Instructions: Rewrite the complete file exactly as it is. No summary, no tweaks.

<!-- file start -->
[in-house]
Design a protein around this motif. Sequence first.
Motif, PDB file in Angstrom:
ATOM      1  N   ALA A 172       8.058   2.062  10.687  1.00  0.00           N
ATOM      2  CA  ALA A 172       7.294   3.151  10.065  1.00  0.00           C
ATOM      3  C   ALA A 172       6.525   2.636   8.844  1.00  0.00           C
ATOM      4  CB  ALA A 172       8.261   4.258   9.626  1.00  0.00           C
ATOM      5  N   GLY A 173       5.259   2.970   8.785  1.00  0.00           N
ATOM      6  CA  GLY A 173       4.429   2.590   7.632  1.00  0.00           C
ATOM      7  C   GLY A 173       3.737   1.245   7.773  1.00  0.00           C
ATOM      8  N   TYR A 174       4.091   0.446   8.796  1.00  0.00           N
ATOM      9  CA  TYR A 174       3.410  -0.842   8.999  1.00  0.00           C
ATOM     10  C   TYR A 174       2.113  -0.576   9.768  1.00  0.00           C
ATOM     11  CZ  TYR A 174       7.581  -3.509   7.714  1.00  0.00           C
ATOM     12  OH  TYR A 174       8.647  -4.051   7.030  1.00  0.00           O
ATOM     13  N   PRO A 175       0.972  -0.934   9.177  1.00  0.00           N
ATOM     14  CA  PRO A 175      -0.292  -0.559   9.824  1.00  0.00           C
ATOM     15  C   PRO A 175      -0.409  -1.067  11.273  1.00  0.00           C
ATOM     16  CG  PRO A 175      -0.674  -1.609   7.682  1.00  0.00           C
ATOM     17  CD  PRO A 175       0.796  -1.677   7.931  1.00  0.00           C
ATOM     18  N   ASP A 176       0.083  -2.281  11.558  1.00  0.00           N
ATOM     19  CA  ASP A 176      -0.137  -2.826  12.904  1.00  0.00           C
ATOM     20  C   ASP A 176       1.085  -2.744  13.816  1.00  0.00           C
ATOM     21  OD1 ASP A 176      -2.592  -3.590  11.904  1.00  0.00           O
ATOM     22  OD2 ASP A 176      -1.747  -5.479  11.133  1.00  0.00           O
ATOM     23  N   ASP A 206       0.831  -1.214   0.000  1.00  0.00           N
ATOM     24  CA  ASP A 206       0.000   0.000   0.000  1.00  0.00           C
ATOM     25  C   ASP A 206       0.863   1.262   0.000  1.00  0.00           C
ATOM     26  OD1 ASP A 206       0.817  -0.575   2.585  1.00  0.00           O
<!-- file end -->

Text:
[in-house]
Design a protein around this motif. Sequence first.
Motif, PDB file in Angstrom:
ATOM      1  N   ALA A 172       8.058   2.062  10.687  1.00  0.00           N
ATOM      2  CA  ALA A 172       7.294   3.151  10.065  1.00  0.00           C
ATOM      3  C   ALA A 172       6.525   2.636   8.844  1.00  0.00           C
ATOM      4  CB  ALA A 172       8.261   4.258   9.626  1.00  0.00           C
ATOM      5  N   GLY A 173       5.259   2.970   8.785  1.00  0.00           N
ATOM      6  CA  GLY A 173       4.429   2.590   7.632  1.00  0.00           C
ATOM      7  C   GLY A 173       3.737   1.245   7.773  1.00  0.00           C
ATOM      8  N   TYR A 174       4.091   0.446   8.796  1.00  0.00           N
ATOM      9  CA  TYR A 174       3.410  -0.842   8.999  1.00  0.00           C
ATOM     10  C   TYR A 174       2.113  -0.576   9.768  1.00  0.00           C
ATOM     11  CZ  TYR A 174       7.581  -3.509   7.714  1.00  0.00           C
ATOM     12  OH  TYR A 174       8.647  -4.051   7.030  1.00  0.00           O
ATOM     13  N   PRO A 175       0.972  -0.934   9.177  1.00  0.00           N
ATOM     14  CA  PRO A 175      -0.292  -0.559   9.824  1.00  0.00           C
ATOM     15  C   PRO A 175      -0.409  -1.067  11.273  1.00  0.00           C
ATOM     16  CG  PRO A 175      -0.674  -1.609   7.682  1.00  0.00           C
ATOM     17  CD  PRO A 175       0.796  -1.677   7.931  1.00  0.00           C
ATOM     18  N   ASP A 176       0.083  -2.281  11.558  1.00  0.00           N
ATOM     19  CA  ASP A 176      -0.137  -2.826  12.904  1.00  0.00           C
ATOM     20  C   ASP A 176       1.085  -2.744  13.816  1.00  0.00           C
ATOM     21  OD1 ASP A 176      -2.592  -3.590  11.904  1.00  0.00           O
ATOM     22  OD2 ASP A 176      -1.747  -5.479  11.133  1.00  0.00           O
ATOM     23  N   ASP A 206       0.831  -1.214   0.000  1.00  0.00           N
ATOM     24  CA  ASP A 206       0.000   0.000   0.000  1.00  0.00           C
ATOM     25  C   ASP A 206       0.863   1.262   0.000  1.00  0.00           C
ATOM     26  OD1 ASP A 206       0.817  -0.575   2.585  1.00  0.00           O